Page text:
At his death, he left his comprehensive treatise, Geochemistry, in draft form; it was completed by Alex Muir and published in 1954. It made Goldschmidt's work known to an English-speaking audience and became the standard text on geochemistry for many years (Glasby 2006).

According to his biographer, Brian Mason, "Goldschmidt's insight and intuition, his ability to plan and expedite extensive research programs, and not least his recruitment and inspiration of devoted research associates, revolutionized geochemistry" (Mason 1992). The Geochemical Society named its highest award, the Goldschmidt Medal, to recognize him.

In 1988, one hundred years after he was born, the first Goldschmidt Conference was held in Baltimore, Maryland (USA) and was attended by 463 geochemists. The program stated, "It is the intent of the participating societies that there should be a continuing series of conferences under this distinguished name." That wish has been fulfilled. Goldschmidt Conferences, organized by the Geochemical Society and the European Association of Geochemistry, have grown to be the premier meetings in geochemistry. They are now attended by some 4,000 scientists annually.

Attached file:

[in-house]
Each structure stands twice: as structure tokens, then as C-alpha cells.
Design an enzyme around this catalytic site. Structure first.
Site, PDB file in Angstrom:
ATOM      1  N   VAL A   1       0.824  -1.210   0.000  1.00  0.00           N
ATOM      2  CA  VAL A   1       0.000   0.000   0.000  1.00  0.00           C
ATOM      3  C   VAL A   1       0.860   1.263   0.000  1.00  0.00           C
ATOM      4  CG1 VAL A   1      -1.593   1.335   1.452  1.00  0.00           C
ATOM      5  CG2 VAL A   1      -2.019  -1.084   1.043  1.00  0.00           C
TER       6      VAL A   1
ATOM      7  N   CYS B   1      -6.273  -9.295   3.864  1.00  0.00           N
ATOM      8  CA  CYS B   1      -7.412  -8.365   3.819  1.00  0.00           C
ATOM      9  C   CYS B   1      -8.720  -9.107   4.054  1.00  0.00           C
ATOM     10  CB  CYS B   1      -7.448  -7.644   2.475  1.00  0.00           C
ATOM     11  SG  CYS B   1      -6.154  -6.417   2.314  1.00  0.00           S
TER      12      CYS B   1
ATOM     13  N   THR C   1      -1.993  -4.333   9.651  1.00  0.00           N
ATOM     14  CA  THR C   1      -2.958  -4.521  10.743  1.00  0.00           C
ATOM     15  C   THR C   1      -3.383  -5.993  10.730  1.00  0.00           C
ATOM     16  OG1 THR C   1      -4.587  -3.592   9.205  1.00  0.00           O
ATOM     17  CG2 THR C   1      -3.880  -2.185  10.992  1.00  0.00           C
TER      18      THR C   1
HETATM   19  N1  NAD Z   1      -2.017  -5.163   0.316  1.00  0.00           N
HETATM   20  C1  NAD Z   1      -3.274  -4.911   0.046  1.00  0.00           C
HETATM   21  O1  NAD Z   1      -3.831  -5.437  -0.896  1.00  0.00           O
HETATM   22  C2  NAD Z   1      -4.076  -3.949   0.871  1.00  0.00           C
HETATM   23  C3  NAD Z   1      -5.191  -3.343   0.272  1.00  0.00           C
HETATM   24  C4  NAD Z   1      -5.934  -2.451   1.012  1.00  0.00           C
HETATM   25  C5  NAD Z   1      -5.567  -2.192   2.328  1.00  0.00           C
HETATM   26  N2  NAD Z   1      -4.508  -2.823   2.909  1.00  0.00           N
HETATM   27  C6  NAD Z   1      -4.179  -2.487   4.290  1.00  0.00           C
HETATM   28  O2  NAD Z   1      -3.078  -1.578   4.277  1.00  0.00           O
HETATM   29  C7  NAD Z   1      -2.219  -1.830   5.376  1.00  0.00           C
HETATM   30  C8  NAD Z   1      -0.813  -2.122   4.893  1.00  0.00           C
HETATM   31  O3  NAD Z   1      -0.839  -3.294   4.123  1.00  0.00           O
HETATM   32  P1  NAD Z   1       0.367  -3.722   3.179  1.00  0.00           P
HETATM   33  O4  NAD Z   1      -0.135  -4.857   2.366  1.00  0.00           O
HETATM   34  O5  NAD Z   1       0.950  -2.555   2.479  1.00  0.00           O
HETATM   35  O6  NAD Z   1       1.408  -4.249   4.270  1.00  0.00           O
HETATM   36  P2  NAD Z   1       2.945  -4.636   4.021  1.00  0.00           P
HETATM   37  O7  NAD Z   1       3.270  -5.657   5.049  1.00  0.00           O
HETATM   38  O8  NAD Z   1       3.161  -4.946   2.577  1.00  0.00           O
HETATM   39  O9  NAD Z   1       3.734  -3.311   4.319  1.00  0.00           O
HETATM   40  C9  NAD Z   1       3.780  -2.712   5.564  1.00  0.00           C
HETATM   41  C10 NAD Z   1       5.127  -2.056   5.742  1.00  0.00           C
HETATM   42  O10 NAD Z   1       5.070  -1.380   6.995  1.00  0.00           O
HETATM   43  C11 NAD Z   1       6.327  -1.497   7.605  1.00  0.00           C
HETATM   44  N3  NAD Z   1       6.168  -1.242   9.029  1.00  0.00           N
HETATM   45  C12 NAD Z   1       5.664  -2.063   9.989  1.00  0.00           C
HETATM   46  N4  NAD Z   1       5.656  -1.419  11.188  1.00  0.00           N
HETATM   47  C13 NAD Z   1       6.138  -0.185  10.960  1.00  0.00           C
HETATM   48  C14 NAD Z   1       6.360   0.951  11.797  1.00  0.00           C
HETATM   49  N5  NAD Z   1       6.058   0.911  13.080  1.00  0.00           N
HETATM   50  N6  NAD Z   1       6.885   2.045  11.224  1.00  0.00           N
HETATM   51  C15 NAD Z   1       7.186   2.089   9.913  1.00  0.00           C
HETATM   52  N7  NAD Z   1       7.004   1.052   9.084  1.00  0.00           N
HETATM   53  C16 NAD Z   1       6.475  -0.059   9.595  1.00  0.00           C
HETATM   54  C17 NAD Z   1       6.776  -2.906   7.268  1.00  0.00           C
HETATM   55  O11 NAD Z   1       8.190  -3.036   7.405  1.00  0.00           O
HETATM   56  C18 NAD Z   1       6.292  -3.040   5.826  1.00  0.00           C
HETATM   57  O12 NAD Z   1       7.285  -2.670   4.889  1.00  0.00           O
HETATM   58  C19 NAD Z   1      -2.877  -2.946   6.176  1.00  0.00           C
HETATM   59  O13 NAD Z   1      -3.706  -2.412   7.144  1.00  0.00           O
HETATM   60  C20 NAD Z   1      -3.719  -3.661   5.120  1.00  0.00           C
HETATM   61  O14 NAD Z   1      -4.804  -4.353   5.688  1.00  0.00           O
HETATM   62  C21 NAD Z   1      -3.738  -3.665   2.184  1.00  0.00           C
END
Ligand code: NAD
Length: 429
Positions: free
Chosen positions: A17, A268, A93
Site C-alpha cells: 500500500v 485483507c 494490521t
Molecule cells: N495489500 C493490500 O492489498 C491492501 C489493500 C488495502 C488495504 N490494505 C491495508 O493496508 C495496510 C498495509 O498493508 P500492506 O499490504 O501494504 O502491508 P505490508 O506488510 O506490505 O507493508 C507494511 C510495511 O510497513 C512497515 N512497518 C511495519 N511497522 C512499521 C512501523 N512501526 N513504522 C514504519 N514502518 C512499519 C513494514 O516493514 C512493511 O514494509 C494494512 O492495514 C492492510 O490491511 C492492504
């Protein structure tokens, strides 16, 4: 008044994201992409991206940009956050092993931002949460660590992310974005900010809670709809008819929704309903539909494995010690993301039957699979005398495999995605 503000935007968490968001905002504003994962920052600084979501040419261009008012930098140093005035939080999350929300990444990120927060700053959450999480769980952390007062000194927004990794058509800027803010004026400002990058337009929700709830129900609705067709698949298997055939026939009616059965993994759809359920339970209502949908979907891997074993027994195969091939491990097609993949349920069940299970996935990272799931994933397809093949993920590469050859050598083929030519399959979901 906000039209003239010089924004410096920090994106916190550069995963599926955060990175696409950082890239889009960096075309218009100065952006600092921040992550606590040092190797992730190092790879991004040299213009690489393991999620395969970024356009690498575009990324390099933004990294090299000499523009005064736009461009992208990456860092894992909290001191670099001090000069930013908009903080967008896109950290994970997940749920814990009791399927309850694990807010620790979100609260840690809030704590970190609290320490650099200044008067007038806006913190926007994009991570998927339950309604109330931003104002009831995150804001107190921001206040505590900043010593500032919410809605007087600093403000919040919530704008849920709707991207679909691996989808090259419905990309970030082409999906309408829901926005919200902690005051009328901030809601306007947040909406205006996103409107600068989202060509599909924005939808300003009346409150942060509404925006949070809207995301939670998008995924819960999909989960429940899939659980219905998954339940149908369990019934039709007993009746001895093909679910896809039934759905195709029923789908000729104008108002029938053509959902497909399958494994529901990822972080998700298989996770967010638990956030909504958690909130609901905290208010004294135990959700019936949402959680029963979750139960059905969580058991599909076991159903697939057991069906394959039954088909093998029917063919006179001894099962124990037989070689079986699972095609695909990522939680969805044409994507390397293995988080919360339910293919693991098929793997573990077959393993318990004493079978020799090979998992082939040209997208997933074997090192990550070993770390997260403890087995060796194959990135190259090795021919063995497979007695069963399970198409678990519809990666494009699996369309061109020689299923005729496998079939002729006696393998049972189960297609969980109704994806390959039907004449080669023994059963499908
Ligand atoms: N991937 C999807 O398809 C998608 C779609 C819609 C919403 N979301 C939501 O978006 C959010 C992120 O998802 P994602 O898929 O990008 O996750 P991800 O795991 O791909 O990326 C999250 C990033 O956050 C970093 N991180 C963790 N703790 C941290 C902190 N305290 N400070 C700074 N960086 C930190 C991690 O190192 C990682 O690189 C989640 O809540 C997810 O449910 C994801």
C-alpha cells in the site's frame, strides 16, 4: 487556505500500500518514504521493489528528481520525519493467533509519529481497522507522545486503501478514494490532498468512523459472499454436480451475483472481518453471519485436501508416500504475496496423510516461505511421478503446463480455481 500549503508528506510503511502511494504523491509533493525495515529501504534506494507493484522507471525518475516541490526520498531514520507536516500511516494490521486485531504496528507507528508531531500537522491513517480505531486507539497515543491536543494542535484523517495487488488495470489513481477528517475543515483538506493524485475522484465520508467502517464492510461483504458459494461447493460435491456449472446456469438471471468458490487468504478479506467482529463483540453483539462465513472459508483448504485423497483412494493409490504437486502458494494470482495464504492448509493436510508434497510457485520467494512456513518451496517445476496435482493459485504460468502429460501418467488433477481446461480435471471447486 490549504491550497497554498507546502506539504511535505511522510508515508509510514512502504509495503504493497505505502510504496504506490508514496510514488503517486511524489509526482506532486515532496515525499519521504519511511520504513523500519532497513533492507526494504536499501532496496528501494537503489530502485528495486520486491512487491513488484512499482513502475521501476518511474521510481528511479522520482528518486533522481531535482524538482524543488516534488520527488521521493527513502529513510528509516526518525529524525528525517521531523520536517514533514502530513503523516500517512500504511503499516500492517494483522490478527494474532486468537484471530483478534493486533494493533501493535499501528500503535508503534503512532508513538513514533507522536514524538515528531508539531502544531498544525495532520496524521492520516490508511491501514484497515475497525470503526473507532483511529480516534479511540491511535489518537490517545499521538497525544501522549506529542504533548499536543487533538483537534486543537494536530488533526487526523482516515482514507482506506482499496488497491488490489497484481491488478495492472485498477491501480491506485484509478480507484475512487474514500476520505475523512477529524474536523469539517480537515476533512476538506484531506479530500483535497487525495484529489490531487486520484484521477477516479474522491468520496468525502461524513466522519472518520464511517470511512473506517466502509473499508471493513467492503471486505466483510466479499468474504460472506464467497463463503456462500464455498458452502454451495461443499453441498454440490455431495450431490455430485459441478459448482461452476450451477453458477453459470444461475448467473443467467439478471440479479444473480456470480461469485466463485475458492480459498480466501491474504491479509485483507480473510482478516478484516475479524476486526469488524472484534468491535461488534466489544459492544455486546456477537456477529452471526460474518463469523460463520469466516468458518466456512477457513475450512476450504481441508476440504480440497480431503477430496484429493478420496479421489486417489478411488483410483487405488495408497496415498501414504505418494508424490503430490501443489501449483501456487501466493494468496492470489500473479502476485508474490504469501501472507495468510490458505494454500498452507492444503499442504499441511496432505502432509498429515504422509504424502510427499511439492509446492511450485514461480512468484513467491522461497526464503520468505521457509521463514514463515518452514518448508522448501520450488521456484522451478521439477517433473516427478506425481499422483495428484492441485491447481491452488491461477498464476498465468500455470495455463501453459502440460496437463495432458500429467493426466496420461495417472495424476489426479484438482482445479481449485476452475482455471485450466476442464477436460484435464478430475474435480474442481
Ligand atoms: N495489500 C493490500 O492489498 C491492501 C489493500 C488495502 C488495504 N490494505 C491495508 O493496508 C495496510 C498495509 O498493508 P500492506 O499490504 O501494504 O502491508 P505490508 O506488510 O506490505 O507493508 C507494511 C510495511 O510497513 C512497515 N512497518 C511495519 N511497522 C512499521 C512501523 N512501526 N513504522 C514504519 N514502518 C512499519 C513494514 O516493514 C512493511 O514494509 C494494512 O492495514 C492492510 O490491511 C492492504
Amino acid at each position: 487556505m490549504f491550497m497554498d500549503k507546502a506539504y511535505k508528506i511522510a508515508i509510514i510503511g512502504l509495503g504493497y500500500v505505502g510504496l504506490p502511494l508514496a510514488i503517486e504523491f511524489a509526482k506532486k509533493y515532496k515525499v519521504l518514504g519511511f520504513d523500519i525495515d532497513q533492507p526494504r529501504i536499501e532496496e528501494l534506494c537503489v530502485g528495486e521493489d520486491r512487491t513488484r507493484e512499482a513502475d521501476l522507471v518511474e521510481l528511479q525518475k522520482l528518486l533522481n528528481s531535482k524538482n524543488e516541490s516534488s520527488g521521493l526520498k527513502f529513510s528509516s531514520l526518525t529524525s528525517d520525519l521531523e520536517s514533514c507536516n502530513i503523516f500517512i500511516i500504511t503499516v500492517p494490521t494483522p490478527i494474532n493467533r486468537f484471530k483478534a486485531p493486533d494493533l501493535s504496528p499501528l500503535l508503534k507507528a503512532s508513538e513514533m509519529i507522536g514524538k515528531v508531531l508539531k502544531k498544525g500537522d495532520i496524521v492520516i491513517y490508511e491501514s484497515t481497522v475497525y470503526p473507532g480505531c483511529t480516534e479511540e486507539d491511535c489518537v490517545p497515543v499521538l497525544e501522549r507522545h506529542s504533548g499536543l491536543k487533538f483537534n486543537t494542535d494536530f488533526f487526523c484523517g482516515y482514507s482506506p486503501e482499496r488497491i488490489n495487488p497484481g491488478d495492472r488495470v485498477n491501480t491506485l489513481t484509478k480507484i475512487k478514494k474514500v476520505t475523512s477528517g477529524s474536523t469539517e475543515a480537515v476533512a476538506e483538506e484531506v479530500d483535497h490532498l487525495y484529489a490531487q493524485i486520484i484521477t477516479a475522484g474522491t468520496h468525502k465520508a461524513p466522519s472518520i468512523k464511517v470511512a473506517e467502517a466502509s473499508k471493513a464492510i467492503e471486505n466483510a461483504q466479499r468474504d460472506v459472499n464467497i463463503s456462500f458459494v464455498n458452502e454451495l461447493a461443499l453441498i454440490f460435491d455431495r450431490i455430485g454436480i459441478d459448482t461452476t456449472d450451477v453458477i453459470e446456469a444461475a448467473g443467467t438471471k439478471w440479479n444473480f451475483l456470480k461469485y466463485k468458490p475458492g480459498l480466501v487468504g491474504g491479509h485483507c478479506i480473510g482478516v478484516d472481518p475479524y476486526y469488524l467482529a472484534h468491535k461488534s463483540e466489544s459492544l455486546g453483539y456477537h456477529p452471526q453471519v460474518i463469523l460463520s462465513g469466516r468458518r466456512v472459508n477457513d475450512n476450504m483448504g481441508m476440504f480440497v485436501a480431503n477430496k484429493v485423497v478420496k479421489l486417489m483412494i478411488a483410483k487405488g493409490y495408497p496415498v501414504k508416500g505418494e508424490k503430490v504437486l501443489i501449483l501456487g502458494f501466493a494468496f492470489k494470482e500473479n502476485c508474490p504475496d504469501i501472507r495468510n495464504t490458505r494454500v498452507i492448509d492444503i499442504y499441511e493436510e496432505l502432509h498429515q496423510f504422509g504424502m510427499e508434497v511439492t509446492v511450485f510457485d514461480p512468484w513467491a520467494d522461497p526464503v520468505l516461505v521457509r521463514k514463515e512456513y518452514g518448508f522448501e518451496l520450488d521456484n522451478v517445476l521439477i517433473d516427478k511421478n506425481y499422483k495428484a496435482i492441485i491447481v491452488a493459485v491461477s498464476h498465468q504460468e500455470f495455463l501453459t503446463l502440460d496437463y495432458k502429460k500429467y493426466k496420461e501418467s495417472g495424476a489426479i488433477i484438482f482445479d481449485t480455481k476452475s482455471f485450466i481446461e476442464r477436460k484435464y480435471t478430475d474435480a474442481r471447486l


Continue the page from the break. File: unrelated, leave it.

Grossman L (1993) A Giant in Geochemistry [book review]. Science 261: 114 -115

Goldschmidt VM (1954) Geochemistry. Clarendon Press, UK, 730 pp

Mason B (1992) Victor Moritz Goldschmidt: Father of Modern Geochemistry. Geochemical Society Special Publication No. 4, 184 pp

Johnson KG (1985) Memorial of Lester William Strock January 23, 1906– March 21, 1982. American Mineralogist 70: 209-211

Glasby GP (2006) V.M. Goldschmidt: the British connection. A tribute on the 60th anniversary of his death. Geochemical News 129: 14-31